|dc.description.abstract||The design of molecular chemical sensors has generally relied on the use of colored and/or luminescent organic dyes or transition metal complexes; however, recent advances have been made in the use of heavy main group elements such as phosphorus, selenium, antimony, and tellurium as functional elements in sensors. We have become interested in the use of heavy Group 15 elements for sensing, especially Lewis acidic organoantimony(V) derivatives, which may be used for the selective sensing of fluoride anions in water. Building upon our previous work, we have now developed a series of heavy Group 15-incorporating compounds featuring improved photophysical properties including visible-wavelength absorption and high quantum yield emission, sensitivity to a wider range of analytes for sensing, and a diverse manifold of sensing response mechanisms based on chemistry at the main group element. We have focused on uncovering these mechanisms through structural analysis and spectroscopic characterization supported by DFT computational methods, in order to gain understanding of the link between analyte recognition at the Group 15 element and the observed photophysical change.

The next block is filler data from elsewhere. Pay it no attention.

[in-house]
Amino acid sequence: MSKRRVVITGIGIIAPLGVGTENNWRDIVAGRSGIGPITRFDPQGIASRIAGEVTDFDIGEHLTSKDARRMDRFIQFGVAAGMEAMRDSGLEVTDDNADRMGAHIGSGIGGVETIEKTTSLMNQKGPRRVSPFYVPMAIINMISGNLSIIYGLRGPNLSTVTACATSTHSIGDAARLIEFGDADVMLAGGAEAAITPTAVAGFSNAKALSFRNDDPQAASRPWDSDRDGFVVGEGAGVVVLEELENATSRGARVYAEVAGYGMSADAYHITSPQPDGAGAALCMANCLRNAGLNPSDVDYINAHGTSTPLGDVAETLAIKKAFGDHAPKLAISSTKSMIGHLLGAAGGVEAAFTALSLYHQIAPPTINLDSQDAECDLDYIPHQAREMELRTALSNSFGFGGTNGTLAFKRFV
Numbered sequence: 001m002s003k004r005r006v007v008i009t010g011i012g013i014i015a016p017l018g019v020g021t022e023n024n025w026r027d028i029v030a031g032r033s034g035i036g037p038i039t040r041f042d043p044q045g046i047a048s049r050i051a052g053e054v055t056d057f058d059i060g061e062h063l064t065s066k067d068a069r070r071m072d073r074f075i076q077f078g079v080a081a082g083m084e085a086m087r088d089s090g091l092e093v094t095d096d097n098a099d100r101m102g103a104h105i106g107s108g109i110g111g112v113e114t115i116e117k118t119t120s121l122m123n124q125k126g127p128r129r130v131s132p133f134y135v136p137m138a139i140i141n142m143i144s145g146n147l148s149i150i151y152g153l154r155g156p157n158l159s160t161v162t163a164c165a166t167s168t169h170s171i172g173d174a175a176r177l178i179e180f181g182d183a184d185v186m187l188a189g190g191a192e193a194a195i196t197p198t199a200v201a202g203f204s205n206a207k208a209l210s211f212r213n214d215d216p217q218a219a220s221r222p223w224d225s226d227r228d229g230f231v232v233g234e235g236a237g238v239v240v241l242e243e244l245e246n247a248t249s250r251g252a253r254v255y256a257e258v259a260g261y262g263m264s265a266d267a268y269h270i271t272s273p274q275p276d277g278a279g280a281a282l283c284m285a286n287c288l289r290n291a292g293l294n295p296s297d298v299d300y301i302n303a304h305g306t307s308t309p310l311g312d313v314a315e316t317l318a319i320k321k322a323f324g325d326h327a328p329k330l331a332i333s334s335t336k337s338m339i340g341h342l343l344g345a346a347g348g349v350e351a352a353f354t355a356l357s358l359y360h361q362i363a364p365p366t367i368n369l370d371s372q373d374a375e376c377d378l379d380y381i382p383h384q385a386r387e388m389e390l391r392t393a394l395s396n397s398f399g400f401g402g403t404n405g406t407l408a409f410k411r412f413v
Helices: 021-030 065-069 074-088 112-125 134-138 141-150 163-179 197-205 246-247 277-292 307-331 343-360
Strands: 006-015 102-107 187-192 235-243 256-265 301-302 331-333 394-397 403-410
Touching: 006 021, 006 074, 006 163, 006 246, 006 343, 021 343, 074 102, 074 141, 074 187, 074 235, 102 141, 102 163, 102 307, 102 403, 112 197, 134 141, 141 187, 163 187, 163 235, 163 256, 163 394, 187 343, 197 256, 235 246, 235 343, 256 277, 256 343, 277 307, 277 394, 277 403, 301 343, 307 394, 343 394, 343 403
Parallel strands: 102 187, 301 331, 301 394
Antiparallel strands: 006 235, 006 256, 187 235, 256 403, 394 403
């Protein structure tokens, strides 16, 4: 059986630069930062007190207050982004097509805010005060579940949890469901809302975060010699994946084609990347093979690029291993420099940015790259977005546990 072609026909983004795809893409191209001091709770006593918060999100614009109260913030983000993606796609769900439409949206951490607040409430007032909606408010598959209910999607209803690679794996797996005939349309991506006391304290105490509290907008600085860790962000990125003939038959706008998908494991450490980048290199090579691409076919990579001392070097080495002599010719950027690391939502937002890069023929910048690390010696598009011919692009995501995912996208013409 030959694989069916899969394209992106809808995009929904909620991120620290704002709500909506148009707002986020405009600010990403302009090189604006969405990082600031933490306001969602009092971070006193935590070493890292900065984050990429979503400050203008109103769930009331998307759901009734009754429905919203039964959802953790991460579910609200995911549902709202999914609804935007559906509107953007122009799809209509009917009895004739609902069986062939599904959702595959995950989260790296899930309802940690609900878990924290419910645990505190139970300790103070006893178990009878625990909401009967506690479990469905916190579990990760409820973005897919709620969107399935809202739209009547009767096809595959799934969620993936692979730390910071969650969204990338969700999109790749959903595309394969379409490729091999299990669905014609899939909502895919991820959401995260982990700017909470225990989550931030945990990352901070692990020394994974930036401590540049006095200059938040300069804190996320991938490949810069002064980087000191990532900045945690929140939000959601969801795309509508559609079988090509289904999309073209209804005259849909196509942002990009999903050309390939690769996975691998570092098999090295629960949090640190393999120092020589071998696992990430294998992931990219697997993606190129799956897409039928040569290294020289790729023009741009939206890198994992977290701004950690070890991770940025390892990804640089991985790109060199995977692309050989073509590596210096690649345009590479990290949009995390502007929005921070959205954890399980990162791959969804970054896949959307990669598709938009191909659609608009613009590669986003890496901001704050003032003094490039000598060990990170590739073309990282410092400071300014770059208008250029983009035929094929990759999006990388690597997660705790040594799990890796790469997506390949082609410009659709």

To this end, we have synthesized and characterized antimony(III)- and antimony(V)-substituted derivatives of highly fluorescent BODIPY and fluorescein dyes, as well as intensely colored ruthenium polypyridyl complexes. The Lewis acidic Sb(V)-decorated BODIPY displays a “turn-on” fluorescent response to both fluoride and cyanide anions, while the Sb(III)-decorated fluorescein derivative functions as a “turn- off” sensor for peroxide. The Sb(V)-substituted ruthenium polypyridyl complex also responds to fluoride and cyanide anions, with a response that is observable both colorimetrically and electrochemically. A phosphorus-decorated fluorescein derivative has also been developed as a “turn-on” fluorescent sensor for gold(III) ions in aqueous solution, which is functional at nanomolar concentrations of gold. Finally, a series of Sb(III)- and Sb(V)-incorporating heterocycles have been developed that feature direct interaction of antimony-based σ* orbitals with the organic π system. In these compounds, the incorporation of antimony within the π-conjugated structure provides direct control over the photophysical properties, which holds promise for the design of anion sensors as well as color-tunable materials.||en